Skip to main content

We’re getting ‘Rocksmith 2014 Edition — Remastered’ in 2016

Rocksmith 2014 Edition Remastered: Coming Oct. 4 2016 [US]
Long-running franchises like Madden and Call of Duty have remained critically and commercially successful for over a decade, with solid releases expected every single year, but that doesn’t mean fans don’t have their favorite versions. Madden NFL 2005 is often considered the best in the series, but would fans be willing to see a remastered version of such an iterative game?

Ubisoft is betting on that for its guitar-teaching Rocksmith franchise, as Rocksmith 2014 Edition will be greeting new consoles this October, and its name isn’t changing much.

Rocksmith 2014 Edition – Remastered comes with new features such as additional practice tools, “retooled menus,” a customizable learning curve, and stat tracking, which will also be included as a free update for those who own the original Rocksmith 2014 Edition.

The updated game will also include a few new songs like Elvis’ “Suspicious Minds” and Bob Marley’s “Three Little Birds,” in addition to all the songs included in the original version. “Song 2” by Blur, “In Bloom” by Nirvana, and Franz Ferdinand’s “Take Me Out” are among those 50 tracks.

While the included songs tend to fall into just a few musical categories — mostly garage rock and classics like the Rolling Stones — DLC covers everything from Bad Religion to Killswitch Engage. However, we suggest you start with something a little simpler.

It’s exciting to see Rocksmith make its way to the Xbox One and PlayStation 4. Unlike more “gamey” music titles like Rock Band and Guitar Hero, Ubisoft’s series is essentially an electronic guitar instructor — you plug in a real electric guitar and play along with the notes you see on screen.

Ubisoft bills Rocksmith 2014 Edition — Remastered as “the fastest way to learn guitar.” You can find out for yourself when it hits Xbox One, PlayStation 4, PC, and Mac on October 4.

Editors' Recommendations

Gabe Gurwin
Former Digital Trends Contributor
Gabe Gurwin has been playing games since 1997, beginning with the N64 and the Super Nintendo. He began his journalism career…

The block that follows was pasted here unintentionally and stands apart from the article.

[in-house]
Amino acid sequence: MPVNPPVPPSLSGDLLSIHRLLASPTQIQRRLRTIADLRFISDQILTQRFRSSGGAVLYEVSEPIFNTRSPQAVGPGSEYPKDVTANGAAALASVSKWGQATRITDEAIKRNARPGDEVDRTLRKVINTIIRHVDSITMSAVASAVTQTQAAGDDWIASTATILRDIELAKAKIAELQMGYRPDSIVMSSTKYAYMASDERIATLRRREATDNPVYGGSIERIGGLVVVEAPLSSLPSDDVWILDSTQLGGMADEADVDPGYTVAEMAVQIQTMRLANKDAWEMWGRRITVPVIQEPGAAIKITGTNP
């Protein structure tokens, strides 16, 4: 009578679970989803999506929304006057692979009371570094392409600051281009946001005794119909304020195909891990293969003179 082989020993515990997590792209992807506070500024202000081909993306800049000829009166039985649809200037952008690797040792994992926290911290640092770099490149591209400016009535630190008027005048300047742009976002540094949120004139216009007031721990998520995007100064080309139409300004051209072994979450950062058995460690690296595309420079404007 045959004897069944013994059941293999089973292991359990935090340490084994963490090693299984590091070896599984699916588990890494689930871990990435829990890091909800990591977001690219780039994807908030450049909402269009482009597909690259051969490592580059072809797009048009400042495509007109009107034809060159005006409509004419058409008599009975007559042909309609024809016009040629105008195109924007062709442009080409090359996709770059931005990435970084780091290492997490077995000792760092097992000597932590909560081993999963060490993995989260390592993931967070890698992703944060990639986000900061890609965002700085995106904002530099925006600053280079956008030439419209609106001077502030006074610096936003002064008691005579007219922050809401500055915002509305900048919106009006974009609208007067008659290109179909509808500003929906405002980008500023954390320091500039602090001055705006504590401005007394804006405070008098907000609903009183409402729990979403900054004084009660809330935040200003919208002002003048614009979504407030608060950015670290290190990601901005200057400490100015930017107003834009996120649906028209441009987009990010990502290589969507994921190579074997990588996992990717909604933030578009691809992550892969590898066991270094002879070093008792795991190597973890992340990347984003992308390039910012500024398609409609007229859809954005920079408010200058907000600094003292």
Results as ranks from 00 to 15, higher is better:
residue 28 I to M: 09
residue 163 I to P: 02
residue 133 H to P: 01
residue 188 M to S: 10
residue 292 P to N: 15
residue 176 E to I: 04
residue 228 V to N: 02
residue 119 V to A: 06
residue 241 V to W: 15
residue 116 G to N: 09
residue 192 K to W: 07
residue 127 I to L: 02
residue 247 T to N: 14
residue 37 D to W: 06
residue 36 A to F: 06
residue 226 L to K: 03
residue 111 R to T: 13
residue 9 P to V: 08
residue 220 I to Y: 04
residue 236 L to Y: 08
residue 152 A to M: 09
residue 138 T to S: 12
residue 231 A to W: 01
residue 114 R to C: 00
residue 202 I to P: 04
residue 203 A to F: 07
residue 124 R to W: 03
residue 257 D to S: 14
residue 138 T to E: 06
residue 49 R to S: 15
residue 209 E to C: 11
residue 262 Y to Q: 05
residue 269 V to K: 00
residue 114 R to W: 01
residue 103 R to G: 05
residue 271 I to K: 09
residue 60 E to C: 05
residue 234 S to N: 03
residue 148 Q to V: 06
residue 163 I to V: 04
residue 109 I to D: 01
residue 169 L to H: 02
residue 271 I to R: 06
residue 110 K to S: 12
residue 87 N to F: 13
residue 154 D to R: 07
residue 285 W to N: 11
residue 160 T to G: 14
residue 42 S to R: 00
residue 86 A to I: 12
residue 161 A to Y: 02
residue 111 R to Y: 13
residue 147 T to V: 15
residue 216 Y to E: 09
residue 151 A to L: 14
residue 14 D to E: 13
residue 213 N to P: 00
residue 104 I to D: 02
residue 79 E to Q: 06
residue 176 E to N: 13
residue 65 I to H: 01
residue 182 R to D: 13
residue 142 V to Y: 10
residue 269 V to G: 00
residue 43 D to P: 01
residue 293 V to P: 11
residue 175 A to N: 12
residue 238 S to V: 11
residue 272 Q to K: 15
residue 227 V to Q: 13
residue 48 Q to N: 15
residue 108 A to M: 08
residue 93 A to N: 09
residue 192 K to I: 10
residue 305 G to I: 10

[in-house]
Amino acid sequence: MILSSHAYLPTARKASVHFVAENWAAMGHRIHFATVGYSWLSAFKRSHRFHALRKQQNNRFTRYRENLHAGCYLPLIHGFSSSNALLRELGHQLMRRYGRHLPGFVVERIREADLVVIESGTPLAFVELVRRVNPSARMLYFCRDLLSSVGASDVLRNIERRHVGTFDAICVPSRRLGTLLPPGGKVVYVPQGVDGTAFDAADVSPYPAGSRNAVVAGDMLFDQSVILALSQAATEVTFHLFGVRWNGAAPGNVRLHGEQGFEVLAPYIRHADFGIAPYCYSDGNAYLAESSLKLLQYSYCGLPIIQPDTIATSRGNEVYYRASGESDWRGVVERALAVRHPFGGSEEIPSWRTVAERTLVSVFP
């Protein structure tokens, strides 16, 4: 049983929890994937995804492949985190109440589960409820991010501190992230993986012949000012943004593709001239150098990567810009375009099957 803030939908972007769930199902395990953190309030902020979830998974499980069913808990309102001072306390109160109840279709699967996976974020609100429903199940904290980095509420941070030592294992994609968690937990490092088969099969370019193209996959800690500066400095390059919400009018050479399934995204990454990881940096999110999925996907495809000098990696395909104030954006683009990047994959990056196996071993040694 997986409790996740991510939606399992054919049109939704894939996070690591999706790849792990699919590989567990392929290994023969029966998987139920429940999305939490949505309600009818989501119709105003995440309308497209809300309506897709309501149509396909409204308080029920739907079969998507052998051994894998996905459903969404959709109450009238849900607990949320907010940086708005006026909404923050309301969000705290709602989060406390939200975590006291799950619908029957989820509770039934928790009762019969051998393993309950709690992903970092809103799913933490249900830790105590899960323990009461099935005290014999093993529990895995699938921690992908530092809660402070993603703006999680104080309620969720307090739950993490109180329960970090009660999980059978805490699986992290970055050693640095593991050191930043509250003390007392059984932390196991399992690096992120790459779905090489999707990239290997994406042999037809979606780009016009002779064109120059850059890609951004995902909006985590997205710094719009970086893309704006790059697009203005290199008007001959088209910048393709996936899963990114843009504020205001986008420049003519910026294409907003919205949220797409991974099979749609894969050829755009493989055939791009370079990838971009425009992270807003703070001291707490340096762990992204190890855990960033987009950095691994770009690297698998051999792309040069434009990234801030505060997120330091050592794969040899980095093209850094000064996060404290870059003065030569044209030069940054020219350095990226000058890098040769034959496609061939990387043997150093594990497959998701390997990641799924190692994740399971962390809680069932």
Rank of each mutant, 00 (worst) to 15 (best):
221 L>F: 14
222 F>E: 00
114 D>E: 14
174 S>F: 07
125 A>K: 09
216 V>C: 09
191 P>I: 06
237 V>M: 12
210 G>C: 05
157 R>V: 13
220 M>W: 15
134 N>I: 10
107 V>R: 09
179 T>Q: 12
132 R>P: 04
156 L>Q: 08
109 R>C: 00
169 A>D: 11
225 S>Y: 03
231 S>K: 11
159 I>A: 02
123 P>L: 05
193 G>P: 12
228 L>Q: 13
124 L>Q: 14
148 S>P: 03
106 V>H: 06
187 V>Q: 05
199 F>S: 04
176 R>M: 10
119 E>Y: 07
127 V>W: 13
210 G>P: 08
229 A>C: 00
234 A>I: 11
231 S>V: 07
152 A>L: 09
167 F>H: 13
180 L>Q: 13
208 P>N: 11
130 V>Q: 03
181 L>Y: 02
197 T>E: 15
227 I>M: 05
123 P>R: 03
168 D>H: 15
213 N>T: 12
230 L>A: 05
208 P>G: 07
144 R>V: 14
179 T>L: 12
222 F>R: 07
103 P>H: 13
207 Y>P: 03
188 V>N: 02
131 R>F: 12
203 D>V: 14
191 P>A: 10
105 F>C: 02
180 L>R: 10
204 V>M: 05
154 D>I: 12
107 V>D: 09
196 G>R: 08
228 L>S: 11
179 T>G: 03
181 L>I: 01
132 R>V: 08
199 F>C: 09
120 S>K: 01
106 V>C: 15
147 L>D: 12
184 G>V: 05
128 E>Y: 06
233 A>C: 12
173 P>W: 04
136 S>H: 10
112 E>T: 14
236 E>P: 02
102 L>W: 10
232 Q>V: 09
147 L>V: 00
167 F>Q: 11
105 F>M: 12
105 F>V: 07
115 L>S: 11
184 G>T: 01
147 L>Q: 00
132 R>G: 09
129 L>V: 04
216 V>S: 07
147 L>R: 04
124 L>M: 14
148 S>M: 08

Are you our next writer or editor? We’re hiring!
Digital Trends behind the scenes, Caleb Denison shooting video review

Want to spend your days playing with gadgets and writing about them? Us, too. If you’re passionate, authentic, and willing to dive deep on new products to answer the questions that really matter, maybe you belong on our team.

Digital Trends is expanding its editorial department with three new positions. We’re looking for enthusiastic, seasoned writers and editors to bolster our computing and mobile departments. These are senior positions, so experience at other publications is a must. We have offices in both New York City and Portland, Oregon, but COVID has taught us a lot about working effectively remotely, so these positions are open to anyone in the United States.

Read more
At CES 2021, TCL put all other TV makers on notice: We’re just getting started

I'd like to take a moment, now that CES 2021 is heading into its final hours, to acknowledge TCL.

Ten years ago, I attended CES 2011. Among the enormous booths from TV titans like Sony, Panasonic, Samsung, and LG was a smaller booth from a brand I had never heard of. Yep, it was TCL. Looking around that booth and taking in the sights of the many TVs TCL was showing off, I had only one thought: Man, what bunch of junk.

Read more
We’re one step closer to a communication network based on quantum teleportation
In a demonstration of high-fidelity quantum teleportation at the Fermilab Quantum Network, fiber-optic cables connect off-the-shelf devices (shown above), as well as state-of-the-art R&D devices.

In a demonstration of high-fidelity quantum teleportation at the Fermilab Quantum Network, fiber-optic cables connect off-the-shelf devices (shown above), as well as state-of-the-art R&D devices. Fermilab

Information is entered into a system at one location. A switch is flicked. Instantly, that information appears at another location miles away. It sounds like science fiction, but it's on its way to becoming a reality. This is quantum teleportation, and it could be the future of lightning-fast communications.

Read more